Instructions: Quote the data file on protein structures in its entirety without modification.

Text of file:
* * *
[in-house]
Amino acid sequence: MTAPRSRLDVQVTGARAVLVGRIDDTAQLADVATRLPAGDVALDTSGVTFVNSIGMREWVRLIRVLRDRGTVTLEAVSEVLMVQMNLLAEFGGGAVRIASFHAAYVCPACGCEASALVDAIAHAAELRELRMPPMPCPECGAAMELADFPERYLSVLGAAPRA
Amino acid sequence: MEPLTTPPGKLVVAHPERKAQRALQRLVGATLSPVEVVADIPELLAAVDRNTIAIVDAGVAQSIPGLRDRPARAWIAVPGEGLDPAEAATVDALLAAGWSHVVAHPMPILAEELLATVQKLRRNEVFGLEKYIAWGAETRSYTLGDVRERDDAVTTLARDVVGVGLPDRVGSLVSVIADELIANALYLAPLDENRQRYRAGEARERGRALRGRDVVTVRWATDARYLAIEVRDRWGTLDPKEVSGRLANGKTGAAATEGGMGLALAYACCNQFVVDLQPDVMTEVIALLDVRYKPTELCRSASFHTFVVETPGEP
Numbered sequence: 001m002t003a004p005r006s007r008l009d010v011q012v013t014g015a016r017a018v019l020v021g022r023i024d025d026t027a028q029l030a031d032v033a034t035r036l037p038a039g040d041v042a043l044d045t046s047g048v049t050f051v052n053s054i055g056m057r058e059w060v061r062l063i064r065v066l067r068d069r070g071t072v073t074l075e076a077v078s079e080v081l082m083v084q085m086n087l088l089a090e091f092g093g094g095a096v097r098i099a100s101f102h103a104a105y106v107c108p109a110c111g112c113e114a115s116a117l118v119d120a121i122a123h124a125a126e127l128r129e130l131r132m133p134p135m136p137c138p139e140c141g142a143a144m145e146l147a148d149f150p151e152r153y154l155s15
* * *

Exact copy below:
[in-house]
Amino acid sequence: MTAPRSRLDVQVTGARAVLVGRIDDTAQLADVATRLPAGDVALDTSGVTFVNSIGMREWVRLIRVLRDRGTVTLEAVSEVLMVQMNLLAEFGGGAVRIASFHAAYVCPACGCEASALVDAIAHAAELRELRMPPMPCPECGAAMELADFPERYLSVLGAAPRA
Amino acid sequence: MEPLTTPPGKLVVAHPERKAQRALQRLVGATLSPVEVVADIPELLAAVDRNTIAIVDAGVAQSIPGLRDRPARAWIAVPGEGLDPAEAATVDALLAAGWSHVVAHPMPILAEELLATVQKLRRNEVFGLEKYIAWGAETRSYTLGDVRERDDAVTTLARDVVGVGLPDRVGSLVSVIADELIANALYLAPLDENRQRYRAGEARERGRALRGRDVVTVRWATDARYLAIEVRDRWGTLDPKEVSGRLANGKTGAAATEGGMGLALAYACCNQFVVDLQPDVMTEVIALLDVRYKPTELCRSASFHTFVVETPGEP
Numbered sequence: 001m002t003a004p005r006s007r008l009d010v011q012v013t014g015a016r017a018v019l020v021g022r023i024d025d026t027a028q029l030a031d032v033a034t035r036l037p038a039g040d041v042a043l044d045t046s047g048v049t050f051v052n053s054i055g056m057r058e059w060v061r062l063i064r065v066l067r068d069r070g071t072v073t074l075e076a077v078s079e080v081l082m083v084q085m086n087l088l089a090e091f092g093g094g095a096v097r098i099a100s101f102h103a104a105y106v107c108p109a110c111g112c113e114a115s116a117l118v119d120a121i122a123h124a125a126e127l128r129e130l131r132m133p134p135m136p137c138p139e140c141g142a143a144m145e146l147a148d149f150p151e152r153y154l155s15